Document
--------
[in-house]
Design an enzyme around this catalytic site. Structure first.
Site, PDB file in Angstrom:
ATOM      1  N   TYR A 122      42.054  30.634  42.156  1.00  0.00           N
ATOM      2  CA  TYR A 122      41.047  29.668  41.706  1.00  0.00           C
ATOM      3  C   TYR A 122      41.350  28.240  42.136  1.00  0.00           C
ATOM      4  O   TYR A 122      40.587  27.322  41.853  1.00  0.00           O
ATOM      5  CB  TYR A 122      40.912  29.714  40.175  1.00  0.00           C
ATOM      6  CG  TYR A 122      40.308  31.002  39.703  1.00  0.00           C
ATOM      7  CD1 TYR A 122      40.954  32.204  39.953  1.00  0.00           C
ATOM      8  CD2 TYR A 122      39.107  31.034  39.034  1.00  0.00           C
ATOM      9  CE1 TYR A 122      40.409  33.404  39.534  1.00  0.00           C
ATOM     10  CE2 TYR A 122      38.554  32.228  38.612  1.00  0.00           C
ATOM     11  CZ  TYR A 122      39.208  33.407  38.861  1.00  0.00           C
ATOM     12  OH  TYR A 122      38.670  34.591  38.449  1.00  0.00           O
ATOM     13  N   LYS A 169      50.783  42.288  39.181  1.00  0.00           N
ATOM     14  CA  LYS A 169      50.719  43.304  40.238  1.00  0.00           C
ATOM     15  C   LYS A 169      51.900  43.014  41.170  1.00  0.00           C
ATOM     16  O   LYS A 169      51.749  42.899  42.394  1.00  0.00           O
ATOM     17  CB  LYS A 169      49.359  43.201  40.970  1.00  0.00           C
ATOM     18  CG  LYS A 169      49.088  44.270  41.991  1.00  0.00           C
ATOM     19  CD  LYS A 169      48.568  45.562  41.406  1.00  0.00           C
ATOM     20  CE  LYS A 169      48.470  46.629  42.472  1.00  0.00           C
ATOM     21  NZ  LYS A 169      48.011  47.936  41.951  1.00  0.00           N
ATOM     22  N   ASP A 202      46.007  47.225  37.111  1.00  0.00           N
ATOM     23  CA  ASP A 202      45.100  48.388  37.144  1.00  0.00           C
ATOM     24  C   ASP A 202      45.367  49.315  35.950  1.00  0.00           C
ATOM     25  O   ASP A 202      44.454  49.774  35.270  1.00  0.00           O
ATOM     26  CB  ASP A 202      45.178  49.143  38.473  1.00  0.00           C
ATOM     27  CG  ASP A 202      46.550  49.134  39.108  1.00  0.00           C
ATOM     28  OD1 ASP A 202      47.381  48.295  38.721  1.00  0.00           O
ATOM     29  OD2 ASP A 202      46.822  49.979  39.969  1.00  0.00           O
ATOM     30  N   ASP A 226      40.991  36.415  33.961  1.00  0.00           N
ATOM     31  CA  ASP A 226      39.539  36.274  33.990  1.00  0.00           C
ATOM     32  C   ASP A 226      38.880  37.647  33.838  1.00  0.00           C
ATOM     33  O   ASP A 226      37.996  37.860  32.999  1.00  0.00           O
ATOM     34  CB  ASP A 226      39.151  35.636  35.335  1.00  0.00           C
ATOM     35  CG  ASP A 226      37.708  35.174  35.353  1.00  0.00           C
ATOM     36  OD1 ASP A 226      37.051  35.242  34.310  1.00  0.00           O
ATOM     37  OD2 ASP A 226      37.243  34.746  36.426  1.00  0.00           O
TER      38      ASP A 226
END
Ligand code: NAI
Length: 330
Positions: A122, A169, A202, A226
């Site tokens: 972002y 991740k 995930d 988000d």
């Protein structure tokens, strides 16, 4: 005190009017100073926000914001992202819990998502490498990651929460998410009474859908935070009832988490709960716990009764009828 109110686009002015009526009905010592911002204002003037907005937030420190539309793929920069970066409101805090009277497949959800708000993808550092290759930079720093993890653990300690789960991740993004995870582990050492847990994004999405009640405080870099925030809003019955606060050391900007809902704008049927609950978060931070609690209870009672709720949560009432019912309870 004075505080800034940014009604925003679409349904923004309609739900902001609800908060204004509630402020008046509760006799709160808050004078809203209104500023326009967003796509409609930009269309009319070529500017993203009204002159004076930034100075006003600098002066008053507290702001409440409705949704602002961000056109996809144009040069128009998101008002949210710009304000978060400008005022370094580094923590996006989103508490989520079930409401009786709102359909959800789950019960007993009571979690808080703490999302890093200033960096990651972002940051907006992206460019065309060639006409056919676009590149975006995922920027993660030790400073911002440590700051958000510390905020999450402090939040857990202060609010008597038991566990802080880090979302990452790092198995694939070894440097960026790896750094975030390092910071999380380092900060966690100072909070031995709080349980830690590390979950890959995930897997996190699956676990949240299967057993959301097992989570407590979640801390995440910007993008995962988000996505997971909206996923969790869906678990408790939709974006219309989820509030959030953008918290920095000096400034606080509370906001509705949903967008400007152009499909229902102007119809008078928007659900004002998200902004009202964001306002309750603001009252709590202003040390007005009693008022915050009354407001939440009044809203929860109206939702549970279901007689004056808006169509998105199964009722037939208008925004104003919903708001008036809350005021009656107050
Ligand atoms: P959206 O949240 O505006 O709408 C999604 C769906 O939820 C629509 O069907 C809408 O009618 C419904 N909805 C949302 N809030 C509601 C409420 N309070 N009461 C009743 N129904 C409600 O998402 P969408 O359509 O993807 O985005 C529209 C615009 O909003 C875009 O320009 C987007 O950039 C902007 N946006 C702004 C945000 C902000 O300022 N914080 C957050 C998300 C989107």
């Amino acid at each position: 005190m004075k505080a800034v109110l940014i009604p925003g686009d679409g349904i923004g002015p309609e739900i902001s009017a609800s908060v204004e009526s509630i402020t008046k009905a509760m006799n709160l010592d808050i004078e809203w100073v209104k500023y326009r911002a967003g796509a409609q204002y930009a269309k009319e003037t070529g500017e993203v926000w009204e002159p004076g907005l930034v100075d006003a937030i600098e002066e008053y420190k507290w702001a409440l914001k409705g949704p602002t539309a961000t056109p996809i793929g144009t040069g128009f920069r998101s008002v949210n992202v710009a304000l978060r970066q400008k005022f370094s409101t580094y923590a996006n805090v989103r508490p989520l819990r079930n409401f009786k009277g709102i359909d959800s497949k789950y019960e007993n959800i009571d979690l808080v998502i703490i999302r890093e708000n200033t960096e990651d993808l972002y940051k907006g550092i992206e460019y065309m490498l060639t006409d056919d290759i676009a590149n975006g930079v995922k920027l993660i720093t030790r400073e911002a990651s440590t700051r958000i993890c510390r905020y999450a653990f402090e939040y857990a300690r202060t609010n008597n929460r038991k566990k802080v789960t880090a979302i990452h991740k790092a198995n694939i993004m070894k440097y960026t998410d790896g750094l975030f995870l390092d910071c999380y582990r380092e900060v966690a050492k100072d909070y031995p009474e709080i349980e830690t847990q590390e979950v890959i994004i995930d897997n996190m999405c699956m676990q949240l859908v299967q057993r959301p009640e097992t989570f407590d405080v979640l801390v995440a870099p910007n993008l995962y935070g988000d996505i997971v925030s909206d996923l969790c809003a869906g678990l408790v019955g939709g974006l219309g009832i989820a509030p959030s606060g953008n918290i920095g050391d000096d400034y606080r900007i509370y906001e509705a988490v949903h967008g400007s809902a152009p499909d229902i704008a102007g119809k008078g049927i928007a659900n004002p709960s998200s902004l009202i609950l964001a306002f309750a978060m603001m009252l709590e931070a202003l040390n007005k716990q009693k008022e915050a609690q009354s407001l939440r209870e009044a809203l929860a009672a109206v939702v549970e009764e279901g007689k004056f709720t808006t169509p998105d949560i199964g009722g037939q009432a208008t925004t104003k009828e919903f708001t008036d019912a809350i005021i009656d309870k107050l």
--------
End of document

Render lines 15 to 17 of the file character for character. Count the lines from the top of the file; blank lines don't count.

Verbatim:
ATOM     12  OH  TYR A 122      38.670  34.591  38.449  1.00  0.00           O
ATOM     13  N   LYS A 169      50.783  42.288  39.181  1.00  0.00           N
ATOM     14  CA  LYS A 169      50.719  43.304  40.238  1.00  0.00           C